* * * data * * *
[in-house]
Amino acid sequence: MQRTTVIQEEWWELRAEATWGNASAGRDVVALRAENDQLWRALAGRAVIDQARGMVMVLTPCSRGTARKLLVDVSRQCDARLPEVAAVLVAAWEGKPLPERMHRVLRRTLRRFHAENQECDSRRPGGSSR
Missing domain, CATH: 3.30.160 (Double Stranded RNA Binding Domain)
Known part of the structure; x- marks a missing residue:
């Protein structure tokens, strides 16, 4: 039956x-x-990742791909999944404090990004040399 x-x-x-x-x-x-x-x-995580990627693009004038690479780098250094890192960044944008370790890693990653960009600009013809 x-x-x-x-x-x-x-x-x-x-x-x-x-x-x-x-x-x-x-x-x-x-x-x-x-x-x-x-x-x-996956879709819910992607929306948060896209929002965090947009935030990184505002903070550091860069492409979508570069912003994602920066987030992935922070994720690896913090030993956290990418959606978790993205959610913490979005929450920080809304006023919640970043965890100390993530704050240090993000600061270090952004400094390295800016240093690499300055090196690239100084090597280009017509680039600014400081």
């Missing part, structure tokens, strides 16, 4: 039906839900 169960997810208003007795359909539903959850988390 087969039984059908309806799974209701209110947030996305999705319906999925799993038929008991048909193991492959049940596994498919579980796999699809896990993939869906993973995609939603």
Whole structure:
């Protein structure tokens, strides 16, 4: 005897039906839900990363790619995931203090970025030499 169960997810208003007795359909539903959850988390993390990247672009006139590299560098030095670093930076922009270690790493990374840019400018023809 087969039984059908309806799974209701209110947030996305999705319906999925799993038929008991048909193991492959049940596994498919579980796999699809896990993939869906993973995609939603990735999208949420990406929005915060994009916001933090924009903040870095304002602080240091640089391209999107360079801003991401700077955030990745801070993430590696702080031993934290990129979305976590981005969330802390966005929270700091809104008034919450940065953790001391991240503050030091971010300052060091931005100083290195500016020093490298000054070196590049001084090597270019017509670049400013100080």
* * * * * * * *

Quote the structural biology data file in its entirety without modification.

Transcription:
[in-house]
Amino acid sequence: MQRTTVIQEEWWELRAEATWGNASAGRDVVALRAENDQLWRALAGRAVIDQARGMVMVLTPCSRGTARKLLVDVSRQCDARLPEVAAVLVAAWEGKPLPERMHRVLRRTLRRFHAENQECDSRRPGGSSR
Missing domain, CATH: 3.30.160 (Double Stranded RNA Binding Domain)
Known part of the structure; x- marks a missing residue:
């Protein structure tokens, strides 16, 4: 039956x-x-990742791909999944404090990004040399 x-x-x-x-x-x-x-x-995580990627693009004038690479780098250094890192960044944008370790890693990653960009600009013809 x-x-x-x-x-x-x-x-x-x-x-x-x-x-x-x-x-x-x-x-x-x-x-x-x-x-x-x-x-x-996956879709819910992607929306948060896209929002965090947009935030990184505002903070550091860069492409979508570069912003994602920066987030992935922070994720690896913090030993956290990418959606978790993205959610913490979005929450920080809304006023919640970043965890100390993530704050240090993000600061270090952004400094390295800016240093690499300055090196690239100084090597280009017509680039600014400081």
């Missing part, structure tokens, strides 16, 4: 039906839900 169960997810208003007795359909539903959850988390 087969039984059908309806799974209701209110947030996305999705319906999925799993038929008991048909193991492959049940596994498919579980796999699809896990993939869906993973995609939603």
Whole structure:
């Protein structure tokens, strides 16, 4: 005897039906839900990363790619995931203090970025030499 169960997810208003007795359909539903959850988390993390990247672009006139590299560098030095670093930076922009270690790493990374840019400018023809 087969039984059908309806799974209701209110947030996305999705319906999925799993038929008991048909193991492959049940596994498919579980796999699809896990993939869906993973995609939603990735999208949420990406929005915060994009916001933090924009903040870095304002602080240091640089391209999107360079801003991401700077955030990745801070993430590696702080031993934290990129979305976590981005969330802390966005929270700091809104008034919450940065953790001391991240503050030091971010300052060091931005100083290195500016020093490298000054070196590049001084090597270019017509670049400013100080």